Special Jurisdictions as Laboratories of Governance

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Keywords

special jurisdiction, special economic zones, SEZs, competitive governance, experimental science, political science, fintech

Abstract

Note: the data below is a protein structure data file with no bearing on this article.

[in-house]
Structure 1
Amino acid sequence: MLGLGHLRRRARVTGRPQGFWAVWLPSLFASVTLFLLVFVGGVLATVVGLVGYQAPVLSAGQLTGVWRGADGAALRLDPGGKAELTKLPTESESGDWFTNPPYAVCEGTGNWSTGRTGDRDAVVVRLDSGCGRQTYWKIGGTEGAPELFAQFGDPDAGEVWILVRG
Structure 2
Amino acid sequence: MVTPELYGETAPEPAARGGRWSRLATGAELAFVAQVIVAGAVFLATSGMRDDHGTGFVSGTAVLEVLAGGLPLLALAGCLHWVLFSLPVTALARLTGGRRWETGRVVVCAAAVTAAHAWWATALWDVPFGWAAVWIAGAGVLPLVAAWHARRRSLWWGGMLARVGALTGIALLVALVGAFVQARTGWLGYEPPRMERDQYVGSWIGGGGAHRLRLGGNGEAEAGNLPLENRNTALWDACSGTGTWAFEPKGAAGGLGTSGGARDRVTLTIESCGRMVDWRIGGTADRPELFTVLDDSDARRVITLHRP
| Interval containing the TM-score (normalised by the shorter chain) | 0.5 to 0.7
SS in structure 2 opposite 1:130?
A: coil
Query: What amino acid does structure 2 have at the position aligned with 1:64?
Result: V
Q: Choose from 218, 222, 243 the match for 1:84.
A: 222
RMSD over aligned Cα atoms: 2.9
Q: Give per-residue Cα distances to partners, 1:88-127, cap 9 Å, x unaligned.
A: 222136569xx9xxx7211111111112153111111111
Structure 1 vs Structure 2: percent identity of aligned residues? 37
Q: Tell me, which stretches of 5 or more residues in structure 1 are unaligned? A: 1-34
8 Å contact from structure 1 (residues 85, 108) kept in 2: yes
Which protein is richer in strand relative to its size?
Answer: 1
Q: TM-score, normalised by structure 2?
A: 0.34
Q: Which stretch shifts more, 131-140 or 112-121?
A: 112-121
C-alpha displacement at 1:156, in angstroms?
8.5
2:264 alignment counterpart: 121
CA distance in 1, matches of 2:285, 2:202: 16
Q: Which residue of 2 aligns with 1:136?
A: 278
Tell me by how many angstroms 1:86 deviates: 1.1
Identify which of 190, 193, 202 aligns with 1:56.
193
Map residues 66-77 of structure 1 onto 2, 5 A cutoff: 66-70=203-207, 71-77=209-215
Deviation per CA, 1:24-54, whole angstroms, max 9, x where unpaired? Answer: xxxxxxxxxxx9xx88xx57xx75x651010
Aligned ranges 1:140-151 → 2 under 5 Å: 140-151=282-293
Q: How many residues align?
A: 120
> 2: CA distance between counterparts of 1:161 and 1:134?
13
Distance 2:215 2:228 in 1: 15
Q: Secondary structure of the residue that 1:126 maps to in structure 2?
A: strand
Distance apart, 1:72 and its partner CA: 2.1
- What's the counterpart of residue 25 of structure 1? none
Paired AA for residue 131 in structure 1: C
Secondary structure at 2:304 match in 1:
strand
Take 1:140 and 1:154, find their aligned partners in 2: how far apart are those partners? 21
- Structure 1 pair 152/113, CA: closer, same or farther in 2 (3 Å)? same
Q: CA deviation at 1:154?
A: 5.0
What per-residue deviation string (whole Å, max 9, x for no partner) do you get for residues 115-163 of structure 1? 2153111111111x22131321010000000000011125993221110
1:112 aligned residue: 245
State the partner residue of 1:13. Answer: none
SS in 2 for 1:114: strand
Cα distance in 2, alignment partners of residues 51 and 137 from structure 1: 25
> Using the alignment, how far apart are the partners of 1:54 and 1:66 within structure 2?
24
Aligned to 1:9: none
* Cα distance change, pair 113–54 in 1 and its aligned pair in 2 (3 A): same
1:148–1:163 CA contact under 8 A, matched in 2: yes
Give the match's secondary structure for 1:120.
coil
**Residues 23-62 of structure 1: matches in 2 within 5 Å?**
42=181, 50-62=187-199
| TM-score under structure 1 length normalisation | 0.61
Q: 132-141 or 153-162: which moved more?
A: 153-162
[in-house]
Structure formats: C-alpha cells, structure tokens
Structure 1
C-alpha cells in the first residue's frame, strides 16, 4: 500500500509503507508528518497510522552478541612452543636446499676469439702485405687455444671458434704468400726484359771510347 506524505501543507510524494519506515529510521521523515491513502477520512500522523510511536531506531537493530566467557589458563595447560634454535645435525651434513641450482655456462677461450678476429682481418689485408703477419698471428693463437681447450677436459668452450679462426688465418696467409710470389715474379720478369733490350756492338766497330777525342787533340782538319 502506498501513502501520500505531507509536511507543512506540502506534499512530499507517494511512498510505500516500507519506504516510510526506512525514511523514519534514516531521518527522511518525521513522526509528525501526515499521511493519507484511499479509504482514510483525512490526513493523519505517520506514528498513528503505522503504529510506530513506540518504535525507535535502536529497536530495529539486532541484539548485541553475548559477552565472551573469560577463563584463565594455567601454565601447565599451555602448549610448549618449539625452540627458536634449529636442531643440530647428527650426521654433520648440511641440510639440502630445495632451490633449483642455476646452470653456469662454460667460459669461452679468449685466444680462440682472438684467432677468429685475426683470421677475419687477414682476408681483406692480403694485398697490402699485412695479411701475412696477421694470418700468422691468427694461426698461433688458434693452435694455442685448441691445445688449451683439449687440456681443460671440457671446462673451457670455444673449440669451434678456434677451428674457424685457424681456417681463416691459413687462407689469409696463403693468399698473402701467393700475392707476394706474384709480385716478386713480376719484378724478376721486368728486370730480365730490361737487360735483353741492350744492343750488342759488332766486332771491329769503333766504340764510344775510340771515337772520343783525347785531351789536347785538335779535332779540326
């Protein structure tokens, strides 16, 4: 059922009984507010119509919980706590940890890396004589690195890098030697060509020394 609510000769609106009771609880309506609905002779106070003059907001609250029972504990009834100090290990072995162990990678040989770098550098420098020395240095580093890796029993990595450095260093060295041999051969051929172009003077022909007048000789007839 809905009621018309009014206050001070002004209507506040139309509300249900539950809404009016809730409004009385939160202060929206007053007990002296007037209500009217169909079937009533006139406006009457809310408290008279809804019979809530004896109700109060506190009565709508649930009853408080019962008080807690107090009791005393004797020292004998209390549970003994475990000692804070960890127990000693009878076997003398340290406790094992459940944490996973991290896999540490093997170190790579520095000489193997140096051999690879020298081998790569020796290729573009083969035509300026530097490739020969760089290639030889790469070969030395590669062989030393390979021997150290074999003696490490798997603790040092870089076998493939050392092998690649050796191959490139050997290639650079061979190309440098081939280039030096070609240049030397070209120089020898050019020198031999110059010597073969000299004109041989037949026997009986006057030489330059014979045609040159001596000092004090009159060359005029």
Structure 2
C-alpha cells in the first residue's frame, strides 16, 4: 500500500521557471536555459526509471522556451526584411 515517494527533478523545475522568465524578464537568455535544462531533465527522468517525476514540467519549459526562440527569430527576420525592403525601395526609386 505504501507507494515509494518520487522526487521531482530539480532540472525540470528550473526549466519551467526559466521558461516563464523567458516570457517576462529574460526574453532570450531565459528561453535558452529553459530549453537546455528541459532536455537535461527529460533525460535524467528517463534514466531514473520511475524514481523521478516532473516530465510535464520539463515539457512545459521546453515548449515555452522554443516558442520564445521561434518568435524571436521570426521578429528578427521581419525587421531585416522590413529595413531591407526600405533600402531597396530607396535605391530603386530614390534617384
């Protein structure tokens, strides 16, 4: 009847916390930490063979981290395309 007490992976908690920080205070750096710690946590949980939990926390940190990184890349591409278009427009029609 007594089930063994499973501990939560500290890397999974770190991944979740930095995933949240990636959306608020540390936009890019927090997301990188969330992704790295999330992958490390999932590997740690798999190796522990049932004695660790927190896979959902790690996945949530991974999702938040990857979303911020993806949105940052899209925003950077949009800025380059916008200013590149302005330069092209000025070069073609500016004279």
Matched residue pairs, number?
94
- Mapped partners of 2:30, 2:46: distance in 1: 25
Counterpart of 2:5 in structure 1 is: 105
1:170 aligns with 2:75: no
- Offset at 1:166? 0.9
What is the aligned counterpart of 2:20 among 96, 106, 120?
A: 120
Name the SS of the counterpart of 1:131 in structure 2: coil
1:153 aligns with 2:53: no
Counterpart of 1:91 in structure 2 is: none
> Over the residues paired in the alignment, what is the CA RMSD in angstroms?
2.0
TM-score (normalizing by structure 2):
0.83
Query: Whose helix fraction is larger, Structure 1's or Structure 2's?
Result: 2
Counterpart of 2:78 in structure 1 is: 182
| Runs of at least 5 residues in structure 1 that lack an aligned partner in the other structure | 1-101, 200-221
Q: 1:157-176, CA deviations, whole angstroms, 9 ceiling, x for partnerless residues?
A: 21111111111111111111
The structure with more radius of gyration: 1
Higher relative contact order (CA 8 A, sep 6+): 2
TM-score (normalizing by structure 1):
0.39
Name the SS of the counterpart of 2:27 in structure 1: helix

Special jurisdictions—areas where different laws apply than those that prevail more generally—introduce a new way to put political reforms to the test. In echo of the “laboratories of democracy” label attached to states in the United States, special jurisdictions provide laboratories of governance. They have already proven their worth in teaching policymakers what works and what fails. Special economic zones in China, for instance, demonstrated how market- friendly reforms can drive economic development. Worldwide surveys of special economic zones have also demonstrated what doesn’t work: giving politicians direct control over the location, design, and operation of a zone. More successful zone programs delegate such decisions to private firms. The experiments have grown more bold of late, with special jurisdictions trying new approaches to the common law, fintech regulation, and government itself. Limits apply, of course; humans should not be treated like lab rats, forced to suffer unwelcome treatment. On that count, too, privately planned and run special jurisdictions fare better than public ones. Despite widespread discontent with traditional governments, systemic change remains difficult, risky, and ethically suspect. Special jurisdictions offer another approach, bringing the power of science to bear on the problems of governance.

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